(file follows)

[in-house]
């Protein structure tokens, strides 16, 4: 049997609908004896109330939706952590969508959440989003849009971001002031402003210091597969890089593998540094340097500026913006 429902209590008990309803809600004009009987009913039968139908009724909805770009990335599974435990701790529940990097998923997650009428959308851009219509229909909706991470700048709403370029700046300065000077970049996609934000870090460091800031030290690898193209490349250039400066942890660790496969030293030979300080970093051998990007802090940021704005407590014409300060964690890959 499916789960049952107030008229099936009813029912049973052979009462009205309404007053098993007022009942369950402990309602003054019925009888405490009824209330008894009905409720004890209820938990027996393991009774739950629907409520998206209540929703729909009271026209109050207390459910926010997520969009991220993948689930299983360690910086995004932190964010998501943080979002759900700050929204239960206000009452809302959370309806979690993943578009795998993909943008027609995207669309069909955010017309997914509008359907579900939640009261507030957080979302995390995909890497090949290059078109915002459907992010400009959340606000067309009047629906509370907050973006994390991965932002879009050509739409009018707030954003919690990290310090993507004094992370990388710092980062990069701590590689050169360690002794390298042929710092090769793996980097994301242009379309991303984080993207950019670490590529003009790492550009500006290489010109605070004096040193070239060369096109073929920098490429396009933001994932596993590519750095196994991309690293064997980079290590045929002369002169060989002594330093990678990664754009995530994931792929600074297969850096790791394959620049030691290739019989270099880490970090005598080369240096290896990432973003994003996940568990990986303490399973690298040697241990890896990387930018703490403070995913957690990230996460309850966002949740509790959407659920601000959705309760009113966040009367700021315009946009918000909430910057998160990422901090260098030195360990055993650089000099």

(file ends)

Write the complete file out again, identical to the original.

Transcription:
[in-house]
């Protein structure tokens, strides 16, 4: 049997609908004896109330939706952590969508959440989003849009971001002031402003210091597969890089593998540094340097500026913006 429902209590008990309803809600004009009987009913039968139908009724909805770009990335599974435990701790529940990097998923997650009428959308851009219509229909909706991470700048709403370029700046300065000077970049996609934000870090460091800031030290690898193209490349250039400066942890660790496969030293030979300080970093051998990007802090940021704005407590014409300060964690890959 499916789960049952107030008229099936009813029912049973052979009462009205309404007053098993007022009942369950402990309602003054019925009888405490009824209330008894009905409720004890209820938990027996393991009774739950629907409520998206209540929703729909009271026209109050207390459910926010997520969009991220993948689930299983360690910086995004932190964010998501943080979002759900700050929204239960206000009452809302959370309806979690993943578009795998993909943008027609995207669309069909955010017309997914509008359907579900939640009261507030957080979302995390995909890497090949290059078109915002459907992010400009959340606000067309009047629906509370907050973006994390991965932002879009050509739409009018707030954003919690990290310090993507004094992370990388710092980062990069701590590689050169360690002794390298042929710092090769793996980097994301242009379309991303984080993207950019670490590529003009790492550009500006290489010109605070004096040193070239060369096109073929920098490429396009933001994932596993590519750095196994991309690293064997980079290590045929002369002169060989002594330093990678990664754009995530994931792929600074297969850096790791394959620049030691290739019989270099880490970090005598080369240096290896990432973003994003996940568990990986303490399973690298040697241990890896990387930018703490403070995913957690990230996460309850966002949740509790959407659920601000959705309760009113966040009367700021315009946009918000909430910057998160990422901090260098030195360990055993650089000099």